Miss your friends? Here's what type of socializing is now allowed in the Bay Area

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ByAlix Martichoux KGO logo
Tuesday, February 2, 2021
Is it safe to socialize? Doctor breaks down do's and don'ts
We all miss our friends. But what is safe when it comes to socializing? We ask Dr. Patel all our questions.

SAN FRANCISCO (KGO) -- I miss my friends. You miss your friends. We all miss our friends.

But wait -- am I allowed to see my friends now that the stay-at-home order has been lifted?

The answer is somewhat confusing and depends on what kind of plans you have in mind. We asked every Bay Area county what exactly the rules are when it comes to socializing. And for those of you who don't care about the rules, we have some useful information for you down below, too.

What exactly is allowed?

Most Bay Area counties are following California's purple tier rules, which state that you're allowed to gather outdoors only with up to 12 people from no more than three households (including your own). San Francisco has slightly stricter guidelines; the group size has to drop to six people total from two households if eating or drinking is involved at the gathering.

TRACKING COVID: Data shows every Bay Area county's COVID-19 status

Keep in mind that's outdoor only -- no indoor gatherings outside your household are actually allowed at this time.

What if I'm in a social bubble? Does that change anything?

Forming a "social bubble" is the idea that you're only going to socialize with a fixed group of people. Because no one in the bubble fraternizes outside the group, it allows you to reduce the risk of contracting coronavirus, and to stop the spread of it more quickly if someone in the group is exposed.

While some Bay Area counties, like Alameda and Marin, were allowing social bubbles over the summer, that's all changed.

"The state's guidance is more strict than the original social bubble guidance," explained Marin County spokesperson Laine Hendricks. "We subscribed to the social bubble model, but again, defer to the state's more stringent guidance. A county is not at liberty to be more lenient than the state with public health protocols."

Hold on -- outdoor dining is allowed again. Am I allowed to see my friends if we're on a restaurant patio?

Technically, yes. Outdoor dining at restaurants with people outside your household is allowed. (San Francisco's rules specify that groups should be limited to six people maximum from only two households.)

But while it's allowed, every county spokesperson we asked warned against filling your calendar with lots of double dates.

"We discourage it because eating and drinking requires the removal of masks," said Hendricks.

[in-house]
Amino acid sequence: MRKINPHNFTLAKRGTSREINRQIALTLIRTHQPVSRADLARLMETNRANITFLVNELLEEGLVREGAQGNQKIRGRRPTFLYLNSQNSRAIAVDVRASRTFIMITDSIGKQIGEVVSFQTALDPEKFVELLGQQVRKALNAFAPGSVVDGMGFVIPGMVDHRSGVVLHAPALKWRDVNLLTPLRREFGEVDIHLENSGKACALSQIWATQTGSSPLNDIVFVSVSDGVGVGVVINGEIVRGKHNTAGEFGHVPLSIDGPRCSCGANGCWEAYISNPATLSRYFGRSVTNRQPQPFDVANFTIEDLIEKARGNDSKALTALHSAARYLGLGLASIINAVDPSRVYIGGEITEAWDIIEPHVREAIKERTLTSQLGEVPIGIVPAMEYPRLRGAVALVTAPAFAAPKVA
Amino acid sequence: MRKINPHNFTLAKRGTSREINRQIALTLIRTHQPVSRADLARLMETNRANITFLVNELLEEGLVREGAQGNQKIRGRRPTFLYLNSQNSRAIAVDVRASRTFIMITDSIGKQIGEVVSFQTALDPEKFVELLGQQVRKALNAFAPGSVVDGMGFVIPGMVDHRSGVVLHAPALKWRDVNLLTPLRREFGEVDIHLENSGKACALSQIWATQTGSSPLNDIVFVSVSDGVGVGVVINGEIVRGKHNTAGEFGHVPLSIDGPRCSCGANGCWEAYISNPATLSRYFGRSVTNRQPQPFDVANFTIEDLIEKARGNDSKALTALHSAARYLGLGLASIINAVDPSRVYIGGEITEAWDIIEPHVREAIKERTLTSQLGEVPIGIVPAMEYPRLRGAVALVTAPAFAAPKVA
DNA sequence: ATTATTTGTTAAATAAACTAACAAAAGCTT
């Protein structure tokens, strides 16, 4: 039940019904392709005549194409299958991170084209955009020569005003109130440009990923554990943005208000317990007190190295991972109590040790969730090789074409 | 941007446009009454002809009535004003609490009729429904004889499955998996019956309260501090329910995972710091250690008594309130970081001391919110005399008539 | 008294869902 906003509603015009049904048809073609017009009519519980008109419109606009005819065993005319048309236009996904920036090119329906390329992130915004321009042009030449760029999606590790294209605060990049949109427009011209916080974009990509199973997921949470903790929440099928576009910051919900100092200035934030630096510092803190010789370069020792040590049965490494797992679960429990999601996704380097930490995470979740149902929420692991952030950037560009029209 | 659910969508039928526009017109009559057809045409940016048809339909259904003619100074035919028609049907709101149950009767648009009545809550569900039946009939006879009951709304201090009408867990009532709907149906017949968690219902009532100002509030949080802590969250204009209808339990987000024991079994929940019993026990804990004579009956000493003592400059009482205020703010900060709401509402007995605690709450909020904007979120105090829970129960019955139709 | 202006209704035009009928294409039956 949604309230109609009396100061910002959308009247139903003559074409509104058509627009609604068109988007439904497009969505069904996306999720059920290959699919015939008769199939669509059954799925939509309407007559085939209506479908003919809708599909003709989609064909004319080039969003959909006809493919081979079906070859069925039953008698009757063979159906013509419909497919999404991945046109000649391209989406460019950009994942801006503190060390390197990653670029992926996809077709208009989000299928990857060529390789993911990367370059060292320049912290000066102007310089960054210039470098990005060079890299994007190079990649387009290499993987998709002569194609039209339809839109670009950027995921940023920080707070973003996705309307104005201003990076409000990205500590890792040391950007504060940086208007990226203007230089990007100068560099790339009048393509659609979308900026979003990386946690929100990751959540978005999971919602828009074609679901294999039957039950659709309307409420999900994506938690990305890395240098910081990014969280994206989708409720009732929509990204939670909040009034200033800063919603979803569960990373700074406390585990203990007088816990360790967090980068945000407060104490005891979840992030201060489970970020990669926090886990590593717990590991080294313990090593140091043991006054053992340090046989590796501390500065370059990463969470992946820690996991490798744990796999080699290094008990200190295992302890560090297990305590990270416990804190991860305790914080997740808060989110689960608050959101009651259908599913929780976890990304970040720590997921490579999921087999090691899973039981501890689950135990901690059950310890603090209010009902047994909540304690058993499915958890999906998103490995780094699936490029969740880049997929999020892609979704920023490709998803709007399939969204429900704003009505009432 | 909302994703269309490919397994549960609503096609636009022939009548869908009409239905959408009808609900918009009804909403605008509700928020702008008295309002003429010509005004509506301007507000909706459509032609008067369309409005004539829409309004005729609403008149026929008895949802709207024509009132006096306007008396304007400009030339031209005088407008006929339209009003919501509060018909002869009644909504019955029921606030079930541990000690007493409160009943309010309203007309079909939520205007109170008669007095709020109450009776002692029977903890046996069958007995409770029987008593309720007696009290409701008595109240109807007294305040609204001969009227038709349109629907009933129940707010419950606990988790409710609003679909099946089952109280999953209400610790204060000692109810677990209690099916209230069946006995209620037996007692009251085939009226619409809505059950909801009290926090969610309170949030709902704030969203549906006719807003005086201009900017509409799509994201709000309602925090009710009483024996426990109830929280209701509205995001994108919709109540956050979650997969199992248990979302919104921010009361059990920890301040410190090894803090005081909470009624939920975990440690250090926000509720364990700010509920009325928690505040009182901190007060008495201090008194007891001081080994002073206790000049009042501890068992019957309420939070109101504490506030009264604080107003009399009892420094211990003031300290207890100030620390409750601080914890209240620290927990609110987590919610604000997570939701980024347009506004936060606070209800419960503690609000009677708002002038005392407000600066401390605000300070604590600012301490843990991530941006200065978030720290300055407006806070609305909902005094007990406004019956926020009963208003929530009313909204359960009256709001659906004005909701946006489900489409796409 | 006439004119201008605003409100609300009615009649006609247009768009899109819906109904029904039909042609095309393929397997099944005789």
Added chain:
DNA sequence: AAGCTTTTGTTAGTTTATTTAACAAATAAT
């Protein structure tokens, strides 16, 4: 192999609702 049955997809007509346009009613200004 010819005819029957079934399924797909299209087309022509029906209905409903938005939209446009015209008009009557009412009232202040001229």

If you are going to dine outdoors, you should also wear a mask while not actively eating or drinking -- for your sake and the server's.

What if I don't care about the rules? What's going to happen?

Well, you might get COVID-19. Or give it to someone you love. Or someone you don't even know.

But other than that, violating public health rules is against the law. Misdemeanors are punishable by up to $500 in fines or even imprisonment.

RELATED: At current supply rate, it would take Kaiser 4+ years to get enough vaccines for all CA patients

That being said, several county health officials emphasized they are taking an "education-first approach" and focusing enforcement efforts on businesses violating the rules, not people.

I still don't care about the rules and I just want to see my friends. What's safe and what's not safe?

When it comes to COVID-19, there's no way to truly guarantee that socializing with others will be safe. There are ways to make socializing safer, however.

"Outdoors is always safe than indoors," says ABC7 News contributor Dr. Alok Patel. "Also, think about the amount of people you have at this gathering. Smaller is going to be easier to be more manageable and safer."

Also think about the amount of households involved, Patel says, and consider where these people are coming from. If someone is from an area where cases are skyrocketing, that makes things more risky.

The duration of the event is also important to think about -- shorter visits are safer than longer ones -- and what people are doing. If they have to take off their masks, to eat for example, that makes gathering more risky than a situation where everyone is masked the entire time.

Dr. Patel answered even more of our questions about socializing amid the pandemic. Hear his answers in the video at the top of this story.